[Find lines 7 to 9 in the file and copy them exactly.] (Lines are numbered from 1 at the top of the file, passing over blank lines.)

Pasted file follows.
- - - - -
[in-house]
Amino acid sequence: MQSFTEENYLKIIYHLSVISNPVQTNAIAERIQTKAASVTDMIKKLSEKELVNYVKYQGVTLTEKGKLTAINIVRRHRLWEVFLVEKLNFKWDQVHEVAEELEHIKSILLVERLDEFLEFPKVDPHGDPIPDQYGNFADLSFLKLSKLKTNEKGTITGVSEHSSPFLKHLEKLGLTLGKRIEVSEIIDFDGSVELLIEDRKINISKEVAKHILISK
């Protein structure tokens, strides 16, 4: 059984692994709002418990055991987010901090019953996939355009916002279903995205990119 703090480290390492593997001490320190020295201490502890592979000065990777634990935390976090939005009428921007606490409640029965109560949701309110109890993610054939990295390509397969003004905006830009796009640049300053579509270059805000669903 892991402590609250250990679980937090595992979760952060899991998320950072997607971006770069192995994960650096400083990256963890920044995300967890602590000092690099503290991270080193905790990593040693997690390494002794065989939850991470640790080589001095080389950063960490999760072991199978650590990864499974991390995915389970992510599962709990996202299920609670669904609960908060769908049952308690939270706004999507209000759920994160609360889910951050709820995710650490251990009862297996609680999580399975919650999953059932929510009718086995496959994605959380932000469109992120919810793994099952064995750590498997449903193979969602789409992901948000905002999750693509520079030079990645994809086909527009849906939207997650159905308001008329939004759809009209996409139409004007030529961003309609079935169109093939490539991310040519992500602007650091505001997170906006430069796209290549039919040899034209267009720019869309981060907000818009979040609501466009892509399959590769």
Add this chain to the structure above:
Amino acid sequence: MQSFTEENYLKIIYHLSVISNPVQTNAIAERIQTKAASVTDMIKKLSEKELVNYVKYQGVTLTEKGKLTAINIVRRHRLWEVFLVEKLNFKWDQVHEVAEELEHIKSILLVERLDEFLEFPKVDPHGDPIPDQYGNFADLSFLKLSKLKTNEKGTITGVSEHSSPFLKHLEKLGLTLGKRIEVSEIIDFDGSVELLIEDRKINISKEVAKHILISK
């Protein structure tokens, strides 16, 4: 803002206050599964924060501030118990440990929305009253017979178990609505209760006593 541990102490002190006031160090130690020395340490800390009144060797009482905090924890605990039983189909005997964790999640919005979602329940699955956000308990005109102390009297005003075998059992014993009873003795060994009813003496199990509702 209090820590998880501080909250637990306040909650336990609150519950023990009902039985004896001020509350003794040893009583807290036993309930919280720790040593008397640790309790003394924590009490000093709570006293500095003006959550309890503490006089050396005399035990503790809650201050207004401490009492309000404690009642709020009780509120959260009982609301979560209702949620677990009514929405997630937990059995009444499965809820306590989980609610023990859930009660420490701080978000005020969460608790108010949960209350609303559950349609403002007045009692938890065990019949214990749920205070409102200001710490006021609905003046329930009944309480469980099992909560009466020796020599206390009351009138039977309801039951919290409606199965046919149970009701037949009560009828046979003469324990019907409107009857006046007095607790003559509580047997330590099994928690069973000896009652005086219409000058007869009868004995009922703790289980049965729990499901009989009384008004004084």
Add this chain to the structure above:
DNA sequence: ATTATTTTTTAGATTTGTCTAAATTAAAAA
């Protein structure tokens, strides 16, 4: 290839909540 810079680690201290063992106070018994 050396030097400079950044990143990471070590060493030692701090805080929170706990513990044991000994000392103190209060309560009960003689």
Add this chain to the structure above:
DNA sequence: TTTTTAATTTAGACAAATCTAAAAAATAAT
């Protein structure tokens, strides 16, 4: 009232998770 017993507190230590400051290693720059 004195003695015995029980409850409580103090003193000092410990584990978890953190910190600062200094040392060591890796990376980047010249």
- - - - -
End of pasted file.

Add this chain to the structure above:
DNA sequence: ATTATTTTTTAGATTTGTCTAAATTAAAAA
């Protein structure tokens, strides 16, 4: 290839909540 810079680690201290063992106070018994 050396030097400079950044990143990471070590060493030692701090805080929170706990513990044991000994000392103190209060309560009960003689």